Integrated Value-at-Risk Modeling
this example as a Mathematica notebook. |
To demonstrate some useful features of Mathematica's design, we
turn to Benninga and Wiener's short paper on Value-at-Risk (VaR), the modern
risk-measuring index. VaR is defined as the lowest quantile of the
potential losses that can occur within a given portfolio during a specific
time period. The time period T and the confidence level q are
the two major parameters, which are chosen carefully and are dependent
upon the goal of the risk management (regulatory reporting, corporate risk
management, etc.). For example, suppose that a portfolio
manager has a daily VaR equal to $1 million at 1%. This means that, assuming
normal market conditions, there
is only one chance in a hundred that there will be a daily loss bigger than $1
million. While this problem can be easily
stated, finding a solution can frequently be computationally difficult.
The Single Asset Problem: Loading Mathematica
Packages and Constructing a Model
First, we load the relevant add-on packages and use Mathematica to
find the 5% VaR of $100 million invested in a single asset, lognormally distributed
with expected return of 10% and variance of 30%. This is stated formally
below (Hull, 2000).
In other words, there is a 5% chance that $100 million invested in this single asset
will lose more than $35,496,800.
Accounting for Correlations: Matrix Algebra with Mathematica
Of course, real portfolios have more than one asset. One key difficulty in
modeling the behavior of portfolios with more than one asset is measuring, and
then accounting for, correlations in the movement of asset
prices. The above model is now generalized to accommodate three
assets, the prices of which are lognormally distributed (meaning that returns
are normally distributed).
Portfolio size = $100 million
Portfolio allocation = x = =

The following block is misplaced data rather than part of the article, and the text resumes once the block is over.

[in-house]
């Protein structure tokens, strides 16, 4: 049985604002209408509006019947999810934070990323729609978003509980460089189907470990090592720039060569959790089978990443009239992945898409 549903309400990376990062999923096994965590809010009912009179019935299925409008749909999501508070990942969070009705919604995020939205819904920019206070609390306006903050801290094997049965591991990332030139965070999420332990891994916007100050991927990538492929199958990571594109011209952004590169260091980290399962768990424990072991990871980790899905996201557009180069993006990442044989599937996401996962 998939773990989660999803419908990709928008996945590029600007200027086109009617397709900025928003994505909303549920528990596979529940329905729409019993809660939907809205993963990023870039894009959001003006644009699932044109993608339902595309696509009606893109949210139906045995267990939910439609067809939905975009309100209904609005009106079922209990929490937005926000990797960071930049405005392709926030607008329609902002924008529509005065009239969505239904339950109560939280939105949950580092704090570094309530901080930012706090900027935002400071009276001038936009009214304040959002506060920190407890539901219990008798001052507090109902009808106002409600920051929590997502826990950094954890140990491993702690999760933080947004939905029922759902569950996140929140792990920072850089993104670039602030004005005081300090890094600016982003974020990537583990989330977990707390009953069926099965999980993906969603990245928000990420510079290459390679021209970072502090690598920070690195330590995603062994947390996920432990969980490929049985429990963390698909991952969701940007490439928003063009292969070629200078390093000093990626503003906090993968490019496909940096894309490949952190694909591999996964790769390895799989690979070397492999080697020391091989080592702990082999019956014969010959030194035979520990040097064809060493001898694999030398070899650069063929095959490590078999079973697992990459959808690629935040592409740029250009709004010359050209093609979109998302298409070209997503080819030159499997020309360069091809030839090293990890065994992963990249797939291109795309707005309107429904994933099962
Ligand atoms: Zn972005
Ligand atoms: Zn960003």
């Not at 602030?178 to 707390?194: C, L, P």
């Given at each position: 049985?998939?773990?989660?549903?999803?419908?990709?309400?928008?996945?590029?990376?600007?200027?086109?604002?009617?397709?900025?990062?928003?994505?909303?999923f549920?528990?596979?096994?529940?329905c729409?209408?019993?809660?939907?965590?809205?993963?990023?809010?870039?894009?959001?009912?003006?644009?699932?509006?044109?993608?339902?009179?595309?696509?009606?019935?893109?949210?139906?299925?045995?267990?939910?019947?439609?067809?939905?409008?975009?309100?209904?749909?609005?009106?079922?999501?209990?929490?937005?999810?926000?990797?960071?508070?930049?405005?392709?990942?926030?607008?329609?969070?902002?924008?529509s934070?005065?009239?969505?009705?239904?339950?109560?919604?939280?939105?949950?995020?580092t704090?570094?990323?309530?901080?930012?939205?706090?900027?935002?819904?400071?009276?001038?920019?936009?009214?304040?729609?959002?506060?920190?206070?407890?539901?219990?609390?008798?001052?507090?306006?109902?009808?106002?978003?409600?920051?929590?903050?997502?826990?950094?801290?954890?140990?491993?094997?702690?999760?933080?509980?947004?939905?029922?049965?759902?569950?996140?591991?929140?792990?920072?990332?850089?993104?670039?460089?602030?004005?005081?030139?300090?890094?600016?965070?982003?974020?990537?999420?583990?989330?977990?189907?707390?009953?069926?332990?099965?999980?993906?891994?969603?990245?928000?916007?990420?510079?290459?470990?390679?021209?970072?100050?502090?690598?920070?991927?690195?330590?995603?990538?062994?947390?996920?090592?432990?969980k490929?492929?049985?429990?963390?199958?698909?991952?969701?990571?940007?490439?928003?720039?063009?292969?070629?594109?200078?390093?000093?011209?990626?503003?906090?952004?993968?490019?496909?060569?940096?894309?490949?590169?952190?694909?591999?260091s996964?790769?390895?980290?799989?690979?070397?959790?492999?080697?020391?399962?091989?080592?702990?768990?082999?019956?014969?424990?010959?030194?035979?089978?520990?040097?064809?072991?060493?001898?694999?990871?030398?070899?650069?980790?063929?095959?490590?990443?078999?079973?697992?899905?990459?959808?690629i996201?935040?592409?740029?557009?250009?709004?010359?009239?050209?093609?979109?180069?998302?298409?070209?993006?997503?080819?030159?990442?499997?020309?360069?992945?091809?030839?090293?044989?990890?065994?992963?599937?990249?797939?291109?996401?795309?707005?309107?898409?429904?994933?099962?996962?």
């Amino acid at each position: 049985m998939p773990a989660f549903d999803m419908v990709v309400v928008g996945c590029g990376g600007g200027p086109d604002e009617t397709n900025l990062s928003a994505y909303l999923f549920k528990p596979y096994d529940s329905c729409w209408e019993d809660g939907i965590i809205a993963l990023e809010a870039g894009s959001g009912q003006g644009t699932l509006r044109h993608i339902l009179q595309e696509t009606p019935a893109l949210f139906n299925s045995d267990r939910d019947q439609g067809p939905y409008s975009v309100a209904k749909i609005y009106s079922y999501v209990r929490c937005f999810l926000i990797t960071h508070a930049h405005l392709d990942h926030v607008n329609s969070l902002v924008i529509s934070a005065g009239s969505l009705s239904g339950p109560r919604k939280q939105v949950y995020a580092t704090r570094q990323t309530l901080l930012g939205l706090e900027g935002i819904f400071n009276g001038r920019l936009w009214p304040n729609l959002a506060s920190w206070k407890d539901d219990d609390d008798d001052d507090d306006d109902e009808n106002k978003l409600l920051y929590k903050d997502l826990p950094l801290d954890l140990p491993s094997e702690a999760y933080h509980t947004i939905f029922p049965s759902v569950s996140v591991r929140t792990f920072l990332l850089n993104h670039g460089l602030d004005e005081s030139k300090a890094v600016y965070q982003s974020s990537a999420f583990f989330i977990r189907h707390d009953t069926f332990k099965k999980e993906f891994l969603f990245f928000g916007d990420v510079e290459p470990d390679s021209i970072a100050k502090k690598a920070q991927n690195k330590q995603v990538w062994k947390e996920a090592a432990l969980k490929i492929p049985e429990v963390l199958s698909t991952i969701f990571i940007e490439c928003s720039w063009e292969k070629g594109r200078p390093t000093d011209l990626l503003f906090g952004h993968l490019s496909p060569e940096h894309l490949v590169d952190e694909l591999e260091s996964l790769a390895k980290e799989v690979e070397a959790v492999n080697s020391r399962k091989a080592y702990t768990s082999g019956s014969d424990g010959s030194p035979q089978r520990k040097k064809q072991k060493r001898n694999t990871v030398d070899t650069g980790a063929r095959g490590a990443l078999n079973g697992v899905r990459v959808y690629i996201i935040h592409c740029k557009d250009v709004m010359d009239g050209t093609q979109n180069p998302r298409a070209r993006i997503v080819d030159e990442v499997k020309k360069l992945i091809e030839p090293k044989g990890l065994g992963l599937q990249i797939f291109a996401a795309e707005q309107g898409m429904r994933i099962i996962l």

Mean returns = mu =
Variance-covariance = S =
This program will work in three pieces. First, some preliminary
definitions are made.
Then we can add some numerical data and recalculate the portfolio's expected
return and variance.
Bringing Everything Together: Writing Mathematica
Finally, all of the pieces above are combined to write the new multivariate VaR for the portfolio.
We can now look at VaR calculations for 1%, 5%, and 10%.
Given the stated parameters, we can say that for a one-year horizon, there
1% chance of losing more than $177 million, a 5% chance of losing more than $151 million,
and a 10% chance of losing more than $137 million.
The Next Step: Databases, Monte Carlo Simulations, and Building a Real
While these two problems demonstrate the basic setup of a VaR
calculation in Mathematica, modeling of real-world returns requires
more-involved calculations of the asset correlations from empirical
data. Benninga and Wiener's paper delves more deeply into this
process, including the techniques of risk mapping, historical simulation,
variance-covariance techniques, and the Monte Carlo
approach. Interested readers are strongly encouraged to
download this and other white papers. To assist in the implementation of
Mathematica in your firm, Wolfram Research Account Executives can
recommend Mathematica consultants in your region, tools to link
Mathematica to your database, and tools to value derivative
Note: All of the code used in this example was
modified from the
article "Value-at-Risk (VaR)" by Simon Benninga and Zvi Wiener.
The article is a more thorough introduction to this subject and may be
downloaded in PDF file format from http://finance.wharton.upenn.edu/~benninga/wiener.html.